Every man who has reached a high place in his community or who has become a leader of note knows that executive work has a tremendous effect upon the nerves and body. If the man becomes run-down the smallest decision gives him difficulty; it seems weighted with enormous possibilities of disaster.
A problem, which under normal conditions he would turn over with equanimity to his assistant, takes on, in his nervous state, a seriousness that leads to hours of worry. And yet if he goes away on a vacation, he returns to find that nine-tenths of these troublesome things have been well taken care of during his absence.
Moreover, now that he has come back in a state of physical health and with nerves that are normal, he sees that these awful problems were simply exaggerated in his own mind by his overwrought physical condition.
Few people realize the effect of worry upon the digestion.
An experiment was once tried upon a cat, which was fed a dish of milk, stroked until it purred, and played with for half an hour. The animal was then killed, and the stomach examined; the milk was perfectly digested.
Another cat was taken and given a similar saucer of milk; then its fur was rubbed the wrong way, and it was teased and annoyed as much as possible for half an hour. Upon examining the stomach of the second cat it was found that not a step in the process of digestion had taken place.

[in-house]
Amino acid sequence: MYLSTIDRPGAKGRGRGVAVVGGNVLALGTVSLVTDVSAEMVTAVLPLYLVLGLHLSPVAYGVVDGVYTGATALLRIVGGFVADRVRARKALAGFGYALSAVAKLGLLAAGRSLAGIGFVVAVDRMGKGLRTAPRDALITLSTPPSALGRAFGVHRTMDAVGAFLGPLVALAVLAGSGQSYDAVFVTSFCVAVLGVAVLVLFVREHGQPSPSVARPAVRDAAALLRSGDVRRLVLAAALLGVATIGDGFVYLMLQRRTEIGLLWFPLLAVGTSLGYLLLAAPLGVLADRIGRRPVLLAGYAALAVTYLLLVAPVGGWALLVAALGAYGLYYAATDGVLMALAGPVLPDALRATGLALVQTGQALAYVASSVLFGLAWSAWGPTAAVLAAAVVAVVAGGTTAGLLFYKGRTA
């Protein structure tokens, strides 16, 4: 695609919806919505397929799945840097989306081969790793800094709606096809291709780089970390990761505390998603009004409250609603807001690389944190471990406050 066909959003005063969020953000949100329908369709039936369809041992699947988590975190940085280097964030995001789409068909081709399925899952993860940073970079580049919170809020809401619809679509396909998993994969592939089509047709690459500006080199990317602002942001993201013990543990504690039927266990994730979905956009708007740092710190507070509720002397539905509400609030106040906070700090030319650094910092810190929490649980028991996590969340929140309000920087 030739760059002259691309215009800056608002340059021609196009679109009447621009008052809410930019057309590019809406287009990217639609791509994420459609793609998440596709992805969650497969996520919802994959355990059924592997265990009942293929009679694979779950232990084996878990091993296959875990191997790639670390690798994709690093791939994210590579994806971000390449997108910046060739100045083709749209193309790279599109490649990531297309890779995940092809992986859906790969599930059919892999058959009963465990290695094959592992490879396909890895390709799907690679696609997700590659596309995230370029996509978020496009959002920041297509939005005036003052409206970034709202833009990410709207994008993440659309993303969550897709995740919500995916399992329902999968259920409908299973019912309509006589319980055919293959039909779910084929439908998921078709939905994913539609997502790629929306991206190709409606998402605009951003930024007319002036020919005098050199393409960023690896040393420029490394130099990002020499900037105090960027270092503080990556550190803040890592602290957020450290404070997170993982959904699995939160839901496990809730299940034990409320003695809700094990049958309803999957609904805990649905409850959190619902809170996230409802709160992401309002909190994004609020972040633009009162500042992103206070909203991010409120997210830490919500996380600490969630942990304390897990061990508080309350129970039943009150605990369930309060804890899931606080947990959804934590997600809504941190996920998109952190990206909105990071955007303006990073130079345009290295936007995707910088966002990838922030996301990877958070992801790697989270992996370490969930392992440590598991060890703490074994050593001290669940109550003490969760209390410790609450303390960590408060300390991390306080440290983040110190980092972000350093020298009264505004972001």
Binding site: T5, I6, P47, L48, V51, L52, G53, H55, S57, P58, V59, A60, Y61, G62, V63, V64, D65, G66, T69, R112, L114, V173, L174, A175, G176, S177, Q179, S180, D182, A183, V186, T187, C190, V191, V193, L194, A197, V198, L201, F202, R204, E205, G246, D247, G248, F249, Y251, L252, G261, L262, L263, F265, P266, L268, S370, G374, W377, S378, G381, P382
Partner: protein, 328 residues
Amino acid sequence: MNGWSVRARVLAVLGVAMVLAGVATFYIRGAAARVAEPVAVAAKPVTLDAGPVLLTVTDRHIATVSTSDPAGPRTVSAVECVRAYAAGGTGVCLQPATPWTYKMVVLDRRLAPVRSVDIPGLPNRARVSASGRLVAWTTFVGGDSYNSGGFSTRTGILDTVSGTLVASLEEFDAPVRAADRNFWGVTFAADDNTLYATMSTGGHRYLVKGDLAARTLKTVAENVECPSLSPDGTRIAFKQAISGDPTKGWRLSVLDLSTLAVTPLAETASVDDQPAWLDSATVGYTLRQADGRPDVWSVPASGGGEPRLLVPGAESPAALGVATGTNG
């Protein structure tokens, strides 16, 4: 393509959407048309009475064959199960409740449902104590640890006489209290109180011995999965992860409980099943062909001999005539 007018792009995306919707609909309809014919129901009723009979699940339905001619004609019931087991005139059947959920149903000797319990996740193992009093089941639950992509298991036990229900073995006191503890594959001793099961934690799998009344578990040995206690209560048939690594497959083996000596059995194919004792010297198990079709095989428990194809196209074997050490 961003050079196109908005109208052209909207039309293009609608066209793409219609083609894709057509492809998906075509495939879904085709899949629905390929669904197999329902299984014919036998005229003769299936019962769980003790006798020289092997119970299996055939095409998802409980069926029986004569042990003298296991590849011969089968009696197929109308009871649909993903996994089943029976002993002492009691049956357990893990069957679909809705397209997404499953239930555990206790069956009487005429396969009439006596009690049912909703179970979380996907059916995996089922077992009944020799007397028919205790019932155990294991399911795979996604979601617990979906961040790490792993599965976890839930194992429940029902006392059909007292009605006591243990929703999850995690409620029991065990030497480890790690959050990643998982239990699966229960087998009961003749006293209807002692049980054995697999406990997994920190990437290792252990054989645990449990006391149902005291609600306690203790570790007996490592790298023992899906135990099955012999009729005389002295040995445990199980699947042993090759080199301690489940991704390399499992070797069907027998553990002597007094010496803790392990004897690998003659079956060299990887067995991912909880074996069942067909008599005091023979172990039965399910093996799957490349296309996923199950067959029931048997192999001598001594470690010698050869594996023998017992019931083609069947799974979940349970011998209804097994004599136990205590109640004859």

It is wise to study the condition that we might almost call “Americanitis.” The American youth, as shown in the Olympic games, is not only a match in speed, strength, and stamina for the youth of other nations, but when it comes to the individual specialist even then the American-trained boy is his superior.
We smash records regularly. We have been doing this for a decade with hardly a break. Even those who criticize our tendency to develop individuals are obliged to admit that this continual advance in athletic prowess fosters the spirit of emulation among the masses.
Moreover, we are improving in the way of distributing our efforts, and more and more men in schools and colleges come out for physical training and development. We have not by any means perfected the system, but it is on the way.